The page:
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Eat your greens for good gut health

16 February 2016 No CommentEmail This Post Email This Post

A new study published this week has found that eating leafy green vegetables could hold the key to promoting gut health.

A new study published today has found that eating leafy green vegetables could hold the key to promoting gut health. © Robyn Mackenzie/shutterstock.com

A new study published today has found that eating leafy green vegetables could hold the key to promoting gut health.
© Robyn Mackenzie/shutterstock.com

The study, conducted by a team of researchers from Melbourne, Australia and York, UK, has found that an unusual sugar molecule found in green vegetables feeds the ‘good’ bacteria in the gut, promoting their growth in the gut and reducing the number of bad bacteria, thus improving gut health.

The team, led by Dr Ethan Goddard-Borger, has found that a previously unidentified enzyme is used by organisms such as bacteria and fungi to feed on this sugar, called sulfoquinovose, or SQ, which is found in huge quantities in green vegetables such as spinach.

The gut’s good bacteria then feed on these sugars, which encourages their growth, “Every time we eat leafy green vegetables we consume significant amounts of SQ sugars, which are used as an energy source by good gut bacteria,” said Dr Goddard-Borger.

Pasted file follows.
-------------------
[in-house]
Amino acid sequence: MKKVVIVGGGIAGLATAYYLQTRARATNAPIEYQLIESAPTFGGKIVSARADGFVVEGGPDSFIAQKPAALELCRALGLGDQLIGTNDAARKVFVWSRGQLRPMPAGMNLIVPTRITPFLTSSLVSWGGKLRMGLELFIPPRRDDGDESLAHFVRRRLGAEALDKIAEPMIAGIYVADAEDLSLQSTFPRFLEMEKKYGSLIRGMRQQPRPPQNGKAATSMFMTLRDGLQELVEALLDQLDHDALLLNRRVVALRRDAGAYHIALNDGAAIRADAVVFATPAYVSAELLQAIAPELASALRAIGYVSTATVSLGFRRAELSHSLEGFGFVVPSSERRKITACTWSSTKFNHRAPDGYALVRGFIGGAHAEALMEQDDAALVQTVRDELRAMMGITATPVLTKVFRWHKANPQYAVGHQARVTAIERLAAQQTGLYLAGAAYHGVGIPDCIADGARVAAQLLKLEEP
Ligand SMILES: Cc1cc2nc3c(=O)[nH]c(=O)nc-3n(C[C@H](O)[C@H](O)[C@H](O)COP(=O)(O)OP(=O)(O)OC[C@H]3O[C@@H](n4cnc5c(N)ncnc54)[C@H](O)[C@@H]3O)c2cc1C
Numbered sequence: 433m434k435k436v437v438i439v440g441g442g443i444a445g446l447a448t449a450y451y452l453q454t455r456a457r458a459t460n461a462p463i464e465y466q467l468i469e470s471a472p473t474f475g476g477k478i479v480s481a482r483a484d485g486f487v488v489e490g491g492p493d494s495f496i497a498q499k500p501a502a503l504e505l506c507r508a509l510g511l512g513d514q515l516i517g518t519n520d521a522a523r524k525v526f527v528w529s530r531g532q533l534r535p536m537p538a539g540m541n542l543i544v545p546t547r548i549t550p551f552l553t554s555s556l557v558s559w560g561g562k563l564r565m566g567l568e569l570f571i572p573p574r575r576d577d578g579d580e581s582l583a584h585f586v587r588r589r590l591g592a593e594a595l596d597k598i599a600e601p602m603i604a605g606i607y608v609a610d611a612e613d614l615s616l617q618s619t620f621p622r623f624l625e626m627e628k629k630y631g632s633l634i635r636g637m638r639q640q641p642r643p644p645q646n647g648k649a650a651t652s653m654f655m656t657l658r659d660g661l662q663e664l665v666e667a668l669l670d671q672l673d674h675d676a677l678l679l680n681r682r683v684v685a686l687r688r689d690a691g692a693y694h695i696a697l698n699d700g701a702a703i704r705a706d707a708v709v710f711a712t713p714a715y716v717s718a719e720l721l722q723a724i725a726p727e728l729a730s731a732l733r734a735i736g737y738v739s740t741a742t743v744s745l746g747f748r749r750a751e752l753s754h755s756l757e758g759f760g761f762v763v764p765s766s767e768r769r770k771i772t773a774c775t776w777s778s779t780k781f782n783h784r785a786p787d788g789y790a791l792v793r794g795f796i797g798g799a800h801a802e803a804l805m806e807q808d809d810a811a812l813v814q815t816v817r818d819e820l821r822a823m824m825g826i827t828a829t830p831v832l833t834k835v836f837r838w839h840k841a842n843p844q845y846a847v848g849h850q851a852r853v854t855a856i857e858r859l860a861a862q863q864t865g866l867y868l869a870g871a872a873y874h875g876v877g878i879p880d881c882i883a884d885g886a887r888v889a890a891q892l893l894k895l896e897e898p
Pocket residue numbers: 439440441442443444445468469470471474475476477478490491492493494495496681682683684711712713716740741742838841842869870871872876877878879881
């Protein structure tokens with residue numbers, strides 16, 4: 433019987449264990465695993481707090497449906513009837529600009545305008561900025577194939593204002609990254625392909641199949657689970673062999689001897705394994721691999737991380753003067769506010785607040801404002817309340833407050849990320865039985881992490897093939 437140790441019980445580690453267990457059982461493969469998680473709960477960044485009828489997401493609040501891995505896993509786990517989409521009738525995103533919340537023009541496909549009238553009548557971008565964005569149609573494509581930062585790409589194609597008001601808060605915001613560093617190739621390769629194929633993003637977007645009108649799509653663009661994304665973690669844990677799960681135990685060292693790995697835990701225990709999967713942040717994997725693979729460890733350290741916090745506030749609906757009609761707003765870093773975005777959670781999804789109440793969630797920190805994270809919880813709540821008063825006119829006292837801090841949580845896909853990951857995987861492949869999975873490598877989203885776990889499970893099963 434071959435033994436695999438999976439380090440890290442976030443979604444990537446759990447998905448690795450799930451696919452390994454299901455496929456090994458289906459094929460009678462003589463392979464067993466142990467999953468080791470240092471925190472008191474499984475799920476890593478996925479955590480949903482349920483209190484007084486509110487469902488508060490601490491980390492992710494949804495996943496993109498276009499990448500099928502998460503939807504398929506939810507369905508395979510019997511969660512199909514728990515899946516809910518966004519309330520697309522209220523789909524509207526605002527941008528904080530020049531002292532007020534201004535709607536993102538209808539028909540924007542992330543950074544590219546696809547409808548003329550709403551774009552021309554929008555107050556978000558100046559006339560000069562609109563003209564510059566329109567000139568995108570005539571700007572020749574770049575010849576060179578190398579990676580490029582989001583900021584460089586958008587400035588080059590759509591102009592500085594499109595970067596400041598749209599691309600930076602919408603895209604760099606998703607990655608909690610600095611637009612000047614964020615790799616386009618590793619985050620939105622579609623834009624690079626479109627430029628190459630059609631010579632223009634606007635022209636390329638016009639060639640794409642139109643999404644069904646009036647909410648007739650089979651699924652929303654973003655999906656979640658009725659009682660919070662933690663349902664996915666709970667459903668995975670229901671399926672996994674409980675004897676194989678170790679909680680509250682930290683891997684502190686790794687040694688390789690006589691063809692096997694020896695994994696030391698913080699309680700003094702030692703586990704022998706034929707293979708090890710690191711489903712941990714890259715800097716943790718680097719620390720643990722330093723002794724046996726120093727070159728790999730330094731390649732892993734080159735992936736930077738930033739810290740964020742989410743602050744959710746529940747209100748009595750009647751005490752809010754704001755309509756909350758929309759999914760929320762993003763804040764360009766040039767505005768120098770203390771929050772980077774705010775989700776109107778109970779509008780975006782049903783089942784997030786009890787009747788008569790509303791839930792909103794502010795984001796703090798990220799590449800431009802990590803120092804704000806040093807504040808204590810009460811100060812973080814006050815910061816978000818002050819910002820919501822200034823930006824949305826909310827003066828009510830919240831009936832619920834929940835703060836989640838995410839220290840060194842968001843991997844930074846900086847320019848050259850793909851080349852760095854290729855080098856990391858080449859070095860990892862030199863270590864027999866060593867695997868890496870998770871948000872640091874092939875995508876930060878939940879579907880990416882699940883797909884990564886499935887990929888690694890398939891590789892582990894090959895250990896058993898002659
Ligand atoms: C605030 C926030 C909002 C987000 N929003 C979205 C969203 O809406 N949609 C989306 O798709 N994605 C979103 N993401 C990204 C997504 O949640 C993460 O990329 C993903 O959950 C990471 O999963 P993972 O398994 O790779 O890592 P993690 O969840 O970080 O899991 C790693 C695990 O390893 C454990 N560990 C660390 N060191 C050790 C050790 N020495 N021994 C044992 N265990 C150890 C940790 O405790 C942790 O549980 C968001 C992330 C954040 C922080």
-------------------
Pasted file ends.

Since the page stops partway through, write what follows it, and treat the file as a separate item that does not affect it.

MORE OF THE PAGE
Commenting on the importance of the findings and how the sugars can help us maintain good digestive health, Dr Goddard-Borger explained, “Bacteria in the gut, such as crucial protective strains of E. coli, use SQ as a source of energy. E. coli provides a protective barrier that prevents growth and colonisation by bad bacteria, because the good bugs are taking up all the habitable real estate. E. coli is a key bacterial colonizer needed by our gut.”

Dr Goddard-Borger not only believes that the findings show a way we can improve gut health, but they may also be used to develop a new range of antibiotics, “New antimicrobial strategies are desperately needed as more and more bacteria acquire resistance to existing classes of antibiotics.”

“We think it will be possible to use these widespread enzymes to enable highly specific delivery of antibiotics to harmful forms of E. coli and other pathogens, such as Salmonella, responsible for food poisoning, while leaving the good gut bacteria untouched.”

The findings were published in the journal Nature Chemical Biology.

  nls/cm – Relaxnews

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